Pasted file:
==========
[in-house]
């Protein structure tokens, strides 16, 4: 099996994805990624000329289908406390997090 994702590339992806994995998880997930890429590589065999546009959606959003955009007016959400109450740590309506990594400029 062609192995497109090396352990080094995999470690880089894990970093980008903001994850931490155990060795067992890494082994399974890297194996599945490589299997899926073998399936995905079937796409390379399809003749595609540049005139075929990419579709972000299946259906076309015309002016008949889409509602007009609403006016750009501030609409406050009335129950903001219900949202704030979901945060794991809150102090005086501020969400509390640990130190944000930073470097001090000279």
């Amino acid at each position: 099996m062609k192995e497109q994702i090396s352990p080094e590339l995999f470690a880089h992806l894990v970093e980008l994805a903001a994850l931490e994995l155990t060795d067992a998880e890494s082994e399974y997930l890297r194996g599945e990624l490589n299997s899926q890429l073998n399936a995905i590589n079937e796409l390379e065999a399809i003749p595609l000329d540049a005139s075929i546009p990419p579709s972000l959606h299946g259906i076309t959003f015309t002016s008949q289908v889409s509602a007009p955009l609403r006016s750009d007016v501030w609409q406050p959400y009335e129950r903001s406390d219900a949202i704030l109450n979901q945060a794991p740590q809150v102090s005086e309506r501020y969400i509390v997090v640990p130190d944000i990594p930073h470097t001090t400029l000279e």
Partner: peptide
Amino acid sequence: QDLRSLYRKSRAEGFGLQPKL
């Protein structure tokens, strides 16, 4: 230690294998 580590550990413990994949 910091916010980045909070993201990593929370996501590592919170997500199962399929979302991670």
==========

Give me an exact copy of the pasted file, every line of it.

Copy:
[in-house]
């Protein structure tokens, strides 16, 4: 099996994805990624000329289908406390997090 994702590339992806994995998880997930890429590589065999546009959606959003955009007016959400109450740590309506990594400029 062609192995497109090396352990080094995999470690880089894990970093980008903001994850931490155990060795067992890494082994399974890297194996599945490589299997899926073998399936995905079937796409390379399809003749595609540049005139075929990419579709972000299946259906076309015309002016008949889409509602007009609403006016750009501030609409406050009335129950903001219900949202704030979901945060794991809150102090005086501020969400509390640990130190944000930073470097001090000279």
């Amino acid at each position: 099996m062609k192995e497109q994702i090396s352990p080094e590339l995999f470690a880089h992806l894990v970093e980008l994805a903001a994850l931490e994995l155990t060795d067992a998880e890494s082994e399974y997930l890297r194996g599945e990624l490589n299997s899926q890429l073998n399936a995905i590589n079937e796409l390379e065999a399809i003749p595609l000329d540049a005139s075929i546009p990419p579709s972000l959606h299946g259906i076309t959003f015309t002016s008949q289908v889409s509602a007009p955009l609403r006016s750009d007016v501030w609409q406050p959400y009335e129950r903001s406390d219900a949202i704030l109450n979901q945060a794991p740590q809150v102090s005086e309506r501020y969400i509390v997090v640990p130190d944000i990594p930073h470097t001090t400029l000279e």
Partner: peptide
Amino acid sequence: QDLRSLYRKSRAEGFGLQPKL
């Protein structure tokens, strides 16, 4: 230690294998 580590550990413990994949 910091916010980045909070993201990593929370996501590592919170997500199962399929979302991670």